A standard format when using geographic data structures is GeoJSON. Most location-based data is usually already structured under the specified GeoJSON format, which makes managing the data with the Google Maps JavaScript API an absolute breeze.

Consider the following GeoJSON example representing a collection of airports, including one airport as Mumbai’s major international airport (BOM):

  "type": "FeatureCollection",
  "features": [
      "type": "Feature",
      "geometry": {
        "type": "Point",
        "coordinates": [
      "properties": {
        "city": "Mumbai",
        "country": "India",
        "iata_code": "BOM",
        "isInternational": true,
        "name": "Chhatrapati Shivaji Int'l"
      ...additional airports

If our goal is to display all airports on Earth within a Google Map, we can have an array of GeoJSON objects [such as above] that represent each airport and easily add them to the map using Google’s Data class. Within this class is a method called addGeoJson(geoJson). If you set the geoJson parameter to our array of airport GeoJSON objects, the Google Map will display each airport using their coordinates automatically!

Aside from the advantage of not having to manually create a secondary set of data objects representing the airports for Google Maps to consume, we can also dynamically set a customized list of properties. Consider one of our requirements is to display airports with international destinations in contrast to domestic-only airports using a filter toggle available to the user. We can set a boolean field under properties named isInternational and use this context to ensure our filter can work.

Consider the toggle is labelled “Show only International Airports” and we run the following code upon the user’s toggle event:

const onUserToggleShowOnlyIntl = (googleMap, showOnlyIntl) => { => {
    return {
      visible: showOnlyIntl ? airport.getProperty('isInternational') : true

The method setStyle() under Google’s Data class has been one of my favorites. We’re able to use setStyle() to iterate through each data feature (each airport) on the map and set styles accordingly. With our use case, when showing/hiding specific features we’re able to utilize Google’s visible boolean property. We first check to see if the user wants to show only international airports with the showOnlyIntl value, and if this is true we simply set visible equal to the airport’s isInternational boolean value.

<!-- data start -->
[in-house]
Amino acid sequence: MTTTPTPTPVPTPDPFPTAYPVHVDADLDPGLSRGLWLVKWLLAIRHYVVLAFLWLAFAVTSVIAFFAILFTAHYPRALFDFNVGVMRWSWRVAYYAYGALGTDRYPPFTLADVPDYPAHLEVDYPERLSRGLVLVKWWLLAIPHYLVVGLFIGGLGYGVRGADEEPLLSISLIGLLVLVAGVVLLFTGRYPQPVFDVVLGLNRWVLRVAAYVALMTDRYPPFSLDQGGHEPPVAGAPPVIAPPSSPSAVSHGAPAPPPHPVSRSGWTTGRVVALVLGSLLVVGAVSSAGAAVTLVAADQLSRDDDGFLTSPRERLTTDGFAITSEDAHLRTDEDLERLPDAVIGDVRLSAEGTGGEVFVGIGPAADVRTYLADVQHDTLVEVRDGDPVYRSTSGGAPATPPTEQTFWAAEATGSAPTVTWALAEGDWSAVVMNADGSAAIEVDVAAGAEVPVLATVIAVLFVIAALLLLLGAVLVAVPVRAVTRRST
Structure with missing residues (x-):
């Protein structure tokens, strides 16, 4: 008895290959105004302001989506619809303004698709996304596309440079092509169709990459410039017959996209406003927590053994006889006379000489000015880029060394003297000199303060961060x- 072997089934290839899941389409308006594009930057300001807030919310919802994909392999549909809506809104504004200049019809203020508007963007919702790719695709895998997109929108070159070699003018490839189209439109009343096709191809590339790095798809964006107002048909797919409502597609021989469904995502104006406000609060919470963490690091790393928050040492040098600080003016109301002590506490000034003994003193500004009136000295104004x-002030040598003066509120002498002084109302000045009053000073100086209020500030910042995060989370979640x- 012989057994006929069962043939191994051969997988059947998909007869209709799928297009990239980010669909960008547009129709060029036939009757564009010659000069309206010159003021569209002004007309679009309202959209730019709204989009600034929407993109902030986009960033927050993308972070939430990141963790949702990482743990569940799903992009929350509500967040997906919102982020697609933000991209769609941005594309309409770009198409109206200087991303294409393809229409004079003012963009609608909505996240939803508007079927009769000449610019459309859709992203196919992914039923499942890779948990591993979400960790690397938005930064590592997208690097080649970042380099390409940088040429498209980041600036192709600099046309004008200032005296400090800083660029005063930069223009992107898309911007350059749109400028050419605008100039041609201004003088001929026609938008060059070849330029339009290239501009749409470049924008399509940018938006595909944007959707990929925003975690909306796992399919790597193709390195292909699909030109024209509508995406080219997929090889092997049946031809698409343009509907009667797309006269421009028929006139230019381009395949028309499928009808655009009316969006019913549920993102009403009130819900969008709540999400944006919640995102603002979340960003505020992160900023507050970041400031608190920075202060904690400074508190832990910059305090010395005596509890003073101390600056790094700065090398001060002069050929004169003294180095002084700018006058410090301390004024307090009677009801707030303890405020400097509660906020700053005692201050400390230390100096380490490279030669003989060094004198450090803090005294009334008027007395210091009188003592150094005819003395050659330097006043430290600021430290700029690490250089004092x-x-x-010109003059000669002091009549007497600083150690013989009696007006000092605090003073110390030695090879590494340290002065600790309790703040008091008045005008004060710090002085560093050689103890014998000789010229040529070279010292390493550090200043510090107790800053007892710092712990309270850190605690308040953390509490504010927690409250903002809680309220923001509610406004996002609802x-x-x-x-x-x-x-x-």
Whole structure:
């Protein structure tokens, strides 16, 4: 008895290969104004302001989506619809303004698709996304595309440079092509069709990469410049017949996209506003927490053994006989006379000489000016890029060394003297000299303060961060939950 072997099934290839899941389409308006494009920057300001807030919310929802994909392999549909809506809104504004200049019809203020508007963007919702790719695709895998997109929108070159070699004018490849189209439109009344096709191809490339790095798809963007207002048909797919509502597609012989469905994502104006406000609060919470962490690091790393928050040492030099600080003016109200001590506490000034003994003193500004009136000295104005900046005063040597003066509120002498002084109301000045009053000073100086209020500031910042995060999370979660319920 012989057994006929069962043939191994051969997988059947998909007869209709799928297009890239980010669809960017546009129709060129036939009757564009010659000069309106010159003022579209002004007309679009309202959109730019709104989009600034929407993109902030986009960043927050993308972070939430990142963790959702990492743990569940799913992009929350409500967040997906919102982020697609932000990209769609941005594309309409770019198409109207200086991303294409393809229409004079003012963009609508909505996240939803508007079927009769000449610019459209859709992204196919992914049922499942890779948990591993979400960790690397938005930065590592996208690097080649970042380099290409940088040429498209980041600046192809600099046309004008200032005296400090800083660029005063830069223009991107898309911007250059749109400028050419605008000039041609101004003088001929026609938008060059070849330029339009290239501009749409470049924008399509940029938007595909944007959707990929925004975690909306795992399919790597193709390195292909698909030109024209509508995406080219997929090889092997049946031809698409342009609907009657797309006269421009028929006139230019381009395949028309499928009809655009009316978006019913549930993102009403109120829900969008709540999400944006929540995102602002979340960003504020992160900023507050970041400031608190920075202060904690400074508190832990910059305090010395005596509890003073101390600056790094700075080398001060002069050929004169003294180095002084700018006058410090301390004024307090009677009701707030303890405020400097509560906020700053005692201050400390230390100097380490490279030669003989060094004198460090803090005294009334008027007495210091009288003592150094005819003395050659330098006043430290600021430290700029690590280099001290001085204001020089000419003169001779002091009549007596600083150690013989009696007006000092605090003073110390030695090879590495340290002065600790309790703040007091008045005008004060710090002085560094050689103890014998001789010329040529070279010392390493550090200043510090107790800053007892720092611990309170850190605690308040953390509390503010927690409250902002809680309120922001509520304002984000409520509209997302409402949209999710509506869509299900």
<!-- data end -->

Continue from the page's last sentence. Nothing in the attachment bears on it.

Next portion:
If your source data is formatted to align with GeoJSON, integrating with Google’s JavaScript API will be a smooth experience. If not, it may be a worthy investment to ensure the data is GeoJSON compliant or construct a method to convert the data, respectively.

4) Use Google’s Client-Side Services

In the past, I’ve used Google’s Geocoding API web service server-side (namely in conjunction with my Amazon Alexa Skill), but an important note is that you can also utilize these web services client-side as part of the Maps JavaScript API.

The Geocoding Service is available client-side through the Maps JavaScript API, alongside others such as the Directions, Distance Matrix, Elevation, Imagery, and Street View services.

This is an important distinction, as the server-side services offer separate API key security restrictions in comparison to the client-side services. When utilizing the client-side services, you will likely track to utilize the HTTP referrers restriction. This allows you to define an origin URL representing your web page and only allow API calls when the origin matches the URL you set.

The server-side web services do not allow for the HTTP referrers restriction, so initially ensuring the usage of the client-side services can prevent critical rework when nearing the deployment of your map application.

5) Chrome’s DevTools Geolocation Override

If you track to utilize the user’s location via the Geolocation Web API, an important note is that you can use Google Chrome’s Geolocation Override functionality from DevTools.

This is a vital note, as it allows you to QA your work more easily, especially if you have conditional functionality based upon if the user is in a certain locale.

Essentially, you just need to navigate to the DevTools window, press Command+Shift+P (or Control+Shift+P if you’re not using a Mac) and search for Sensors. On the Sensors tab, you’re able to select from a set of preset locations Google has provided, but you can also set a custom location override.

Consider the situation where we want to set our location to Quito, Ecuador. After doing a brief Google for the coordinates of Quito (-0.1807, -78.4678), we can set the Location dropdown value to “Other…” and set the respective latitude and longitude values:

Otherwise, without this DevTools functionality, someone might have had to roll back to using a VPN that offers various locations to connect through.